Jonathan Lighter wuxxmupp2000 at YAHOO.COM
Fri Apr 1 15:08:58 UTC 2005

One reason I submitted the "flak" cite (n.b., not "site") is that over a forty-year period I must have seen one million exx. of the word used in context  and this is the *very first* I've noticed that equates it with anything other than gunfire from Triple-A (i.e., "AAA" or "antiaircraft artillery").

Did it take sixty-odd years for this broadening of meaning to occur ?  One doubts it.  But it does appear that those who understand the broadened sense only ( the majority of living English-speakers, for all we know) - have not published much.

The author of the quoted passage is British, by the way.

My impression is that "flak vests" were not known as "flak jackets" until after WWII, but that's just my impression.  I believe they were issued to ground troops during the Korean War, but won't swear to it.


"Rex W. Stocklin" <stocklin at EARTHLINK.NET> wrote:
---------------------- Information from the mail header -----------------------
Sender: American Dialect Society
Poster: "Rex W. Stocklin"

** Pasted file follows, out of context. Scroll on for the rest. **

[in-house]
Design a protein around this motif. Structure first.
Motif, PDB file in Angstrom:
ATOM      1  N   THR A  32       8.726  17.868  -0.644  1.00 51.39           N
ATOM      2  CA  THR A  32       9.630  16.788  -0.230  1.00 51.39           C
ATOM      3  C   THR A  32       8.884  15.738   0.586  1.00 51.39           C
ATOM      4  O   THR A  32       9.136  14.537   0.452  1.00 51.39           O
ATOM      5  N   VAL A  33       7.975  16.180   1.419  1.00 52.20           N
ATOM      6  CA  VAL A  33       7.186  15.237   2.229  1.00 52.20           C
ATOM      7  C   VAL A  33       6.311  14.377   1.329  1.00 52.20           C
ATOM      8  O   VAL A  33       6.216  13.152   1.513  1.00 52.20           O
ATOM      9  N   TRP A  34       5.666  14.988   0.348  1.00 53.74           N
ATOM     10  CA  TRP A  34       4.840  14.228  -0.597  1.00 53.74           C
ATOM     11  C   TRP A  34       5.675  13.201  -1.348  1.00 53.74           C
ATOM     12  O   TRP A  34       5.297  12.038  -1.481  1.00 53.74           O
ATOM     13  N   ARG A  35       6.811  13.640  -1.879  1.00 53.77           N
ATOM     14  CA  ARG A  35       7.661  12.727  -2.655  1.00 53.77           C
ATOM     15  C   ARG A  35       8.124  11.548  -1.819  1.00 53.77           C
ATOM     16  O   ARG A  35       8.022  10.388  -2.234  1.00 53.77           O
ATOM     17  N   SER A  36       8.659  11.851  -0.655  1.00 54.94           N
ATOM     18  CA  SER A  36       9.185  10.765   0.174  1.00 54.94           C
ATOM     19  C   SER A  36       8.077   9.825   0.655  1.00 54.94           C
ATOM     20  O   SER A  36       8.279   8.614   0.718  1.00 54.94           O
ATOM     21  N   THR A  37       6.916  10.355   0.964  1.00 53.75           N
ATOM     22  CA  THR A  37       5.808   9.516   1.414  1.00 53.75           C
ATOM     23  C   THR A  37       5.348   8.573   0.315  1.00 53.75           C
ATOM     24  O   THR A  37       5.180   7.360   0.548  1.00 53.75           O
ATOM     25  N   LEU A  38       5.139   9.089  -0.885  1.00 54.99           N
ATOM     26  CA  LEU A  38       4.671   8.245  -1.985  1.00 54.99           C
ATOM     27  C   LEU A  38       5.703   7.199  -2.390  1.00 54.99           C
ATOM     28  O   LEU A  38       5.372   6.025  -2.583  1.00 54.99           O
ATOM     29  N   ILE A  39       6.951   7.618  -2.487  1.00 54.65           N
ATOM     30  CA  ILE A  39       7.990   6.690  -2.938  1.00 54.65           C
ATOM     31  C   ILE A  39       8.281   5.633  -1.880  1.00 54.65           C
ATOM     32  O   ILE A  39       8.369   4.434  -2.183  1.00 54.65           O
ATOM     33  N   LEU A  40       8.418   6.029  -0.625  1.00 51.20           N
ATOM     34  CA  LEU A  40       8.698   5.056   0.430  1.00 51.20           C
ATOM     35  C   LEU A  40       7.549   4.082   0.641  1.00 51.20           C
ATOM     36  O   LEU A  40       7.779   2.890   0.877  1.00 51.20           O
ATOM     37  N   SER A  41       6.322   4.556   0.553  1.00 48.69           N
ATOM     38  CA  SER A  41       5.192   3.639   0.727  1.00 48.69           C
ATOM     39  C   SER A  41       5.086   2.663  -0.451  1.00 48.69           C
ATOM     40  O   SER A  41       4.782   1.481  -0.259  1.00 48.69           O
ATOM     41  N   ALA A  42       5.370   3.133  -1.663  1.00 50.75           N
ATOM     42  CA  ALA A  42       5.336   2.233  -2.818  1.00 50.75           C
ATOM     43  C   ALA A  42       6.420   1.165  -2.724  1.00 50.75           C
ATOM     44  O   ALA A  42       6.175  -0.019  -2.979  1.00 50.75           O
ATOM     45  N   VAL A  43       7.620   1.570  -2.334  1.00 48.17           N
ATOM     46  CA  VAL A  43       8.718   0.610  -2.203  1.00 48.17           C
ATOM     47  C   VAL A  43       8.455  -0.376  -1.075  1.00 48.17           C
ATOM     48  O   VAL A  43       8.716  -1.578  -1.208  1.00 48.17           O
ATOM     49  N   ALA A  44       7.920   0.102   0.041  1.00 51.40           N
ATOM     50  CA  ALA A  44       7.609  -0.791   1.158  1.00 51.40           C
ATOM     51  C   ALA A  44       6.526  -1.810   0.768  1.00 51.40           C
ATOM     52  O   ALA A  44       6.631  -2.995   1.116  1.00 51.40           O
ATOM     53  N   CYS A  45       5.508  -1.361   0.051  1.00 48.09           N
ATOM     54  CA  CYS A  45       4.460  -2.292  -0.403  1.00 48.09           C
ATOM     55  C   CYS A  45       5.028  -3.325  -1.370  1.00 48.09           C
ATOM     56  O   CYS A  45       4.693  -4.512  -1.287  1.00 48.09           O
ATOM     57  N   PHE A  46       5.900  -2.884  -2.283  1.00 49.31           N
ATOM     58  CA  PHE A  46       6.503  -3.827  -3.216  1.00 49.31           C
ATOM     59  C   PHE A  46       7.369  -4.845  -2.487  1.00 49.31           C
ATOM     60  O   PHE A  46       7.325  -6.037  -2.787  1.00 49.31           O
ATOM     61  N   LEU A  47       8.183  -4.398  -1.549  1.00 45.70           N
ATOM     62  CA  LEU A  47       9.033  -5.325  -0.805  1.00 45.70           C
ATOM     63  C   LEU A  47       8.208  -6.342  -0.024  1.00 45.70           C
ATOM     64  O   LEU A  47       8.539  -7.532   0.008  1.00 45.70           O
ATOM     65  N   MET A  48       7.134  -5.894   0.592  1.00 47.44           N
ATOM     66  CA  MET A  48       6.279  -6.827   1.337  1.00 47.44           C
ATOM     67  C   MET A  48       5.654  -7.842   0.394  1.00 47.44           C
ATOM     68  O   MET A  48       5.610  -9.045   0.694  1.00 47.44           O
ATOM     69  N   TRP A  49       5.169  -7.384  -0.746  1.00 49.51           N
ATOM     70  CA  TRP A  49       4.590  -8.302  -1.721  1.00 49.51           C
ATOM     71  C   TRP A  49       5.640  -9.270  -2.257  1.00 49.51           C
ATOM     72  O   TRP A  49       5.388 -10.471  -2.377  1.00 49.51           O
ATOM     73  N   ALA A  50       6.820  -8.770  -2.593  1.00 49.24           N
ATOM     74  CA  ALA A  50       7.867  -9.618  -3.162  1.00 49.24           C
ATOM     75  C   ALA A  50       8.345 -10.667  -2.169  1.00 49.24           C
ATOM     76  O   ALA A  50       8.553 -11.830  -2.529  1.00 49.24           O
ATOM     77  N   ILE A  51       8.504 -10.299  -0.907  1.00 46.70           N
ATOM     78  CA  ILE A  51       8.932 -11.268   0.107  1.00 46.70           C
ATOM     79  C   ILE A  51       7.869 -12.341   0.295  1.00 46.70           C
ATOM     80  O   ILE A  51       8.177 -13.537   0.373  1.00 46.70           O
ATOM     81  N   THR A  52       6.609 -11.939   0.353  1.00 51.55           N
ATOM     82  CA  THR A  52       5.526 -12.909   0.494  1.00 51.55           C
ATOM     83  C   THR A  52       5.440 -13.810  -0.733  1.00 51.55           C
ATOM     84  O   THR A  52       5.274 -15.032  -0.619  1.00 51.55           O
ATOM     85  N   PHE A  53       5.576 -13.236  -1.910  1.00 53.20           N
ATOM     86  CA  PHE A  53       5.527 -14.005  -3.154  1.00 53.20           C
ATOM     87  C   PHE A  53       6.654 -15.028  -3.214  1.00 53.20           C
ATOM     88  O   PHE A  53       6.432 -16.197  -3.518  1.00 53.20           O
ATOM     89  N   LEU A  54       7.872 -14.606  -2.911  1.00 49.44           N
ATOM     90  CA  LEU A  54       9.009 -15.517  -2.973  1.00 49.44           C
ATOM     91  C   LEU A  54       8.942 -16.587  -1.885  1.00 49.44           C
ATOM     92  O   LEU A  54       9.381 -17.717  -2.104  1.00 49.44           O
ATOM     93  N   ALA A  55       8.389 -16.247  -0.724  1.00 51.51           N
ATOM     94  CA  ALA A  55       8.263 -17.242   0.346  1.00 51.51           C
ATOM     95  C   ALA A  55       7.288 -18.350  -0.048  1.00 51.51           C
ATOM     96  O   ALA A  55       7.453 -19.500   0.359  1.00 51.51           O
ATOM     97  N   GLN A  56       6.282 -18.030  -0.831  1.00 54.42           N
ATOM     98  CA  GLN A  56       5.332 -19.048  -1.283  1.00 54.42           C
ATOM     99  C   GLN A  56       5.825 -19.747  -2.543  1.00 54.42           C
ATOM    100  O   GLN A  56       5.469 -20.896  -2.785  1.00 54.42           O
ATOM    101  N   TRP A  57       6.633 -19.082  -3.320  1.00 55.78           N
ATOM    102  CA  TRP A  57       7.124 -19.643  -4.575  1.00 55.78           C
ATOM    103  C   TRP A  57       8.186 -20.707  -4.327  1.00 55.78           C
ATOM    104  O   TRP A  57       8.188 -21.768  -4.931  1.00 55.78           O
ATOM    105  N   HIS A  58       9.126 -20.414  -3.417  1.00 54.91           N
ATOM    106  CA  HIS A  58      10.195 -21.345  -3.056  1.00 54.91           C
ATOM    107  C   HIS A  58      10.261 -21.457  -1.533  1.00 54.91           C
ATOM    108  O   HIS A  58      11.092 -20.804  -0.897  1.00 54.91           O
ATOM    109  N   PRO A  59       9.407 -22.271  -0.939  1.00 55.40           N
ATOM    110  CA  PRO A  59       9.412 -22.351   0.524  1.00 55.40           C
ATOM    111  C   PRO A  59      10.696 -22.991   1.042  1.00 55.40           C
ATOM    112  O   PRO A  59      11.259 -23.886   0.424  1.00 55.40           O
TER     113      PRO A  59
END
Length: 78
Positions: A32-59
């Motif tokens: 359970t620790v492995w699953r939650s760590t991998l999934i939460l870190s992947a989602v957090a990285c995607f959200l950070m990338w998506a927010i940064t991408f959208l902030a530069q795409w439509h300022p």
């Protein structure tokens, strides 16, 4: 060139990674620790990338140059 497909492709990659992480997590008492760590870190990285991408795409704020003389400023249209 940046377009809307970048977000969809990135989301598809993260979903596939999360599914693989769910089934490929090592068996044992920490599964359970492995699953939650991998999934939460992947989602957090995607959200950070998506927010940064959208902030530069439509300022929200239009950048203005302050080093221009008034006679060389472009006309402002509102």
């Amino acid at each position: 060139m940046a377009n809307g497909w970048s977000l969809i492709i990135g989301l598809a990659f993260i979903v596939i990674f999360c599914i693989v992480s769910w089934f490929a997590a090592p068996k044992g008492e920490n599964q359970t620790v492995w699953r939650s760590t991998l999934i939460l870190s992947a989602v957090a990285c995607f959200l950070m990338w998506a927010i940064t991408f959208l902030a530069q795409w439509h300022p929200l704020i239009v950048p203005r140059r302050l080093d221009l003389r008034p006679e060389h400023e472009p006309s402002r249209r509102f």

Subject: Re: flak

At 5:58 PM -0800 3/31/05, Jonathan Lighter wrote:

>Not at all - it's absolutely true. "Flak" means exploding shells
>from antiaircraft artillery(something of a quaint notion in the
>missile era).
>But "flak vest / jacket" as worn by ground troops reasonably allows
>for the idea that it merely means shrapnel, bullets, etc.
>This is the sort of semantic broadening which is utterly abhorrent
>to geezerly types like yours truly, but must seem absolutely
>inconsequential to any nonspecialist born after 1970 or even 1960.

Gee, I think as long as they get worn, and they do the job, that's a
blessing. Any extrapolation from a pure airborne projectile origin
doesn't SEEM to be a slight to keepers of the language arts. I mean
when you get right down to it, all ammo is airborne at sometime
(usually the precise time the wearer thanks his lucky stars for the
flak jacket). Words in a heated exchange are often characterized as
"flying", thus the concept of "catching flak".

Now, being a nonspecialist (however, born in '56), I realize that I'm
in over my verbal head. But I just cannot see what all the fuss is
here, when there are some serious verbal crimes being committed every

I 'spose I'm prepared to catch some flak over this.

Getting he lead out...
Lexy Rexy
Fishers, IN

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